From the Archive: On Presidents’ Day, opinion polls rate the greatest U.S. presidents, with Ronald Reagan now typically scoring at or near the top — and George W. Bush at or near the bottom. Though the Bush rating is hard to dispute, Robert Parry argued in 2009 that Reagan deserved a similar placement.
From Robert Parry: Because of rising shipping costs, we will soon discontinue the special offer of the three-book set – Lost History, Secrecy & Privilege and Neck Deep – at the deep discount price of only $29 for all three, postage included.
Exclusive: The U.S. news media has consistently created the impression that Iran is building a nuclear bomb and that its denials shouldn’t be taken seriously. However, U.S. and Israeli intelligence assessments may finally be eroding that smug certainty, Robert Parry reports.
A key justification for three recent U.S. military actions – in Afghanistan, Iraq and Libya – was to oust brutal dictators and pave the way for a more democratic future. But these violent strategies have fallen short on the pro-democracy front, writes the Independent Institute’s Ivan Eland.
Exclusive: Aided by Republican partisans on the U.S. Supreme Court, America’s ultra-rich are buying up the political process with vast sums of cash, some through dummy corporations. The money has made the GOP campaign nasty, but will dirty up President Obama in the fall, writes Robert Parry.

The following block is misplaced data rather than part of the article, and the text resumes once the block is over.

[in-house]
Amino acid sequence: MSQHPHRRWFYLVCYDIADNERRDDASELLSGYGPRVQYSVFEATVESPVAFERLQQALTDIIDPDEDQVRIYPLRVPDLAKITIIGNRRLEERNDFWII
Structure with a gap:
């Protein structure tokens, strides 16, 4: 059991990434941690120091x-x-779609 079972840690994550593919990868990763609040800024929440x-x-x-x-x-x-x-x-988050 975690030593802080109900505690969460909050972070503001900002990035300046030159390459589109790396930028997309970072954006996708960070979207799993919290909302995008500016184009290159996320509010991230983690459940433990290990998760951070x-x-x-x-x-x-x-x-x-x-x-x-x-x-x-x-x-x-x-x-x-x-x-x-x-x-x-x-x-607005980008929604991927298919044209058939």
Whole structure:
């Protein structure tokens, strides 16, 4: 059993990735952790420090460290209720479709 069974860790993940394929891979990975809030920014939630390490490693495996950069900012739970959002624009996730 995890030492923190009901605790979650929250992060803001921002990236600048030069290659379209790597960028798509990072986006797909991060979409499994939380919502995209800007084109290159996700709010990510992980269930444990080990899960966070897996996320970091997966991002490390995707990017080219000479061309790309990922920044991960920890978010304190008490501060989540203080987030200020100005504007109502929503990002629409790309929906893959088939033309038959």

From the Archive: Last week’s decision by a U.S. military court to give no jail time to the sergeant in charge of troops at the Haditha massacre of 24 unarmed Iraqis means no serious penalties for anyone associated with what, in 2006, Robert Parry called “Bush’s My Lai.”
In 2003, President George W. Bush launched a “preemptive” war against Iraq, citing imaginary threats to the United States. The invasion inflicted massive loss of life, including massacres like the one at Haditha, but with very little accountability in the field or in Washington, writes Marjorie Cohn.
Exclusive: Delivering the GOP rebuttal to President Obama’s State of the Union, Indiana Gov. Mitch Daniels is hailed as a “fiscal conservative,” but his actual record as George W. Bush’s budget director was one of fiscal recklessness, taking America from surpluses to massive deficits, as Robert Parry reports.
Those who want true democracy favor a well-informed public, but those who simply want power understand that a smart electorate is a dangerous thing, so they seek out and destroy truth-tellers, as is now happening to a crusading judge in Spain, as Lawrence Davidson reports.
Mitt Romney and other Republican presidential hopefuls (with the exception of Ron Paul) are touting tough-guy global strategies that sound like George W. Bush, circa 2002. But recent public opinion polls suggest that Americans are leery of new neocon adventures, Lawrence S. Wittner reports.